In reviewing the complaint, the Court accepts the factual allegations as true and liberally construes them in plaintiff's favor. Turley v. Rednour, 729 F.3d 645, 651 (7th Cir. 2013). Conclusory statements and labels are insufficient. Fed.R.Civ.P. 8; Schatz v. Republican State Leadership Comm., 669 F.3d 50, 55 (1st Cir. 2012)(holding that, in order to determine if a complaint states a plausible claim, the court must take non-conclusory, non-speculative facts as true, draw all reasonable inferences in the pleader's favor, and isolate and ignore statements that simply rehash claim elements or offer only legal labels and conclusions). Instead, sufficient facts must be provided to "state a claim for relief that is plausible on its face." Alexander v. United States, 721 F.3d 418, 422 (7th Cir. 2013)(internal quotation omitted).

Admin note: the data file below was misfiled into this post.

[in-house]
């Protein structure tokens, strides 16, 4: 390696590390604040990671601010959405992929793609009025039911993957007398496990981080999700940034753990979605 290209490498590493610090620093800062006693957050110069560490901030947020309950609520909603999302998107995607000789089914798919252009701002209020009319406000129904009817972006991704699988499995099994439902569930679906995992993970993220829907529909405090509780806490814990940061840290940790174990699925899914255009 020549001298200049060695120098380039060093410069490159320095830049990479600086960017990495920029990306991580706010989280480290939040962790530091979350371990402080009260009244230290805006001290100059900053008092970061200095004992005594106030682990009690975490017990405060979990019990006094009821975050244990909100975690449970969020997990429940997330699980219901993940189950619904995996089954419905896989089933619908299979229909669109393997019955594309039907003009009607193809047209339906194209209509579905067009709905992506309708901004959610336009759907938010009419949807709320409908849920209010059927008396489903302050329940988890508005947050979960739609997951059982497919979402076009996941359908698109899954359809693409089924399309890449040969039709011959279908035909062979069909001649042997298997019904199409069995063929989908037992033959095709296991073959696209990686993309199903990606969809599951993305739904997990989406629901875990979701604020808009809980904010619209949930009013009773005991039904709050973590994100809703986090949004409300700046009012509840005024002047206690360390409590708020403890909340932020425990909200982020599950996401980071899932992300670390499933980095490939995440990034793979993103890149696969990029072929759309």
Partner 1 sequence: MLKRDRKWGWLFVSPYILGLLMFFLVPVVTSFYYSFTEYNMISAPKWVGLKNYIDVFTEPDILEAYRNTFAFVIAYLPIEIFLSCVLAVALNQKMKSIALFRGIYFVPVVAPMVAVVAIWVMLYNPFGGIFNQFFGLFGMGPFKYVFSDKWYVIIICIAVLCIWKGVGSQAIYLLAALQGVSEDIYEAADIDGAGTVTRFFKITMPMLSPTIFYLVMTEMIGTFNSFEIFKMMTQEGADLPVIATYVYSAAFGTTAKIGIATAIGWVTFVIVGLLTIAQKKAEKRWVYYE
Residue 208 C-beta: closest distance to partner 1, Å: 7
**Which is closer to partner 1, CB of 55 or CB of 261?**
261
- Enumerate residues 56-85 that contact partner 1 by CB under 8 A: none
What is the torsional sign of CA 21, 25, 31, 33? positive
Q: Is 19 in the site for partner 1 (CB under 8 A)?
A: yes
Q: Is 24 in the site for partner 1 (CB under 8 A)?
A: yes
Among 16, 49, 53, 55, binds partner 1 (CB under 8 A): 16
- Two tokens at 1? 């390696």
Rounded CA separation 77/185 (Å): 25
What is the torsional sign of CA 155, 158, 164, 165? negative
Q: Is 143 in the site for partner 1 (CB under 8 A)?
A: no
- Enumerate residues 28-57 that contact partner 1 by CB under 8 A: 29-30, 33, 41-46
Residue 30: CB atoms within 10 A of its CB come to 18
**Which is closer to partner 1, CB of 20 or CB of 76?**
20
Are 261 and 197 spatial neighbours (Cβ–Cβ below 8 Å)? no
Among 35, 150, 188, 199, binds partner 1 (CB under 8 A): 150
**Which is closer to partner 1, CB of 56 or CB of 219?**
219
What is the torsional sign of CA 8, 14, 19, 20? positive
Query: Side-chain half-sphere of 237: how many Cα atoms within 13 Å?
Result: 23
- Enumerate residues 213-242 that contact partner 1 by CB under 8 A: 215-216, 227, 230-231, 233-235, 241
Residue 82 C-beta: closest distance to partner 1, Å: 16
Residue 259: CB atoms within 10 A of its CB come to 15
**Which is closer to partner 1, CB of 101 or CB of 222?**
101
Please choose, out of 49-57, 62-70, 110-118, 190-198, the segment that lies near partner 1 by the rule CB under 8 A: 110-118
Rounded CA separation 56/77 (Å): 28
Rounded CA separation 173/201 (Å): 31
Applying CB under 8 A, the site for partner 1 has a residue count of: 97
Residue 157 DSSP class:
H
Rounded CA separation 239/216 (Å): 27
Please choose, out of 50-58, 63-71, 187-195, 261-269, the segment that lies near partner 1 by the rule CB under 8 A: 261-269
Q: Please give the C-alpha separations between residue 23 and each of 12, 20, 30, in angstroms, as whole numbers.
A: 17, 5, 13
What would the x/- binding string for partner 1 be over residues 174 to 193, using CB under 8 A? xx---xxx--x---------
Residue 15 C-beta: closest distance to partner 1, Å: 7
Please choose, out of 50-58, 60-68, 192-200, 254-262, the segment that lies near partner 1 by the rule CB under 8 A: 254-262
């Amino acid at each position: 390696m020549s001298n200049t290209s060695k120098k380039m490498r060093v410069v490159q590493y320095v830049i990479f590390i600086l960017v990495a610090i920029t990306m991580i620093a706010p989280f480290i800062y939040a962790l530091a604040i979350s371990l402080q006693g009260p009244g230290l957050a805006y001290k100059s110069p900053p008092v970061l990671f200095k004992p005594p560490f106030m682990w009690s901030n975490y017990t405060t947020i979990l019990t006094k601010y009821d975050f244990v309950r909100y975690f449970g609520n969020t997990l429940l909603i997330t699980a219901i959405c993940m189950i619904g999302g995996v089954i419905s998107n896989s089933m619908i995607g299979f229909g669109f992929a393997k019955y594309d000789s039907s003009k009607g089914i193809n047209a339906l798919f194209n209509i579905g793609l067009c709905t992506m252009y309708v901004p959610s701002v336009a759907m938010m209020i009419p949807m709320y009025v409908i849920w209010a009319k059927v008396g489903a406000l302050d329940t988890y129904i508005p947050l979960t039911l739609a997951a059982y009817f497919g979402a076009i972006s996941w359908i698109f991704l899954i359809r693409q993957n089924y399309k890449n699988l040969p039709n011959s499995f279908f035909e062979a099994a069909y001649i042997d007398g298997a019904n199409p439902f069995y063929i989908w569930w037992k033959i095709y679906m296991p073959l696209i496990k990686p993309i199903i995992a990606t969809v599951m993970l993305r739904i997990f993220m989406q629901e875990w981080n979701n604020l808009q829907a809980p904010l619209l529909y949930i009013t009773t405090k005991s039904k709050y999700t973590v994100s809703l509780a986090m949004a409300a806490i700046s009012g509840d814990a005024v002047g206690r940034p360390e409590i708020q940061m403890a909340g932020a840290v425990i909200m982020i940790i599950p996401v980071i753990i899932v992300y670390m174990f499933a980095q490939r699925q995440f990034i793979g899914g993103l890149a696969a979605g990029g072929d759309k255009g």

Adams has alleged four causes of action against Defendants-two federal causes of action and two state law causes of action. As for his federal causes of action, Adams contends that Defendants violated his Eighth Amendment right to be free from cruel and unusual punishment by requiring him to eat a soy based diet. Adams alleges that this soy based diet has caused him to suffer physical illness and stomach problems.
Adams' second federal cause of action is similar to his first. In Count II of his Complaint, Adams alleges that Defendants were deliberately indifferent to his serious medical needs. Specifically, Adams contends that his long-term consumption of soy based foods while at the Illinois Department of Corrections has caused him to develop an H. pylori infection.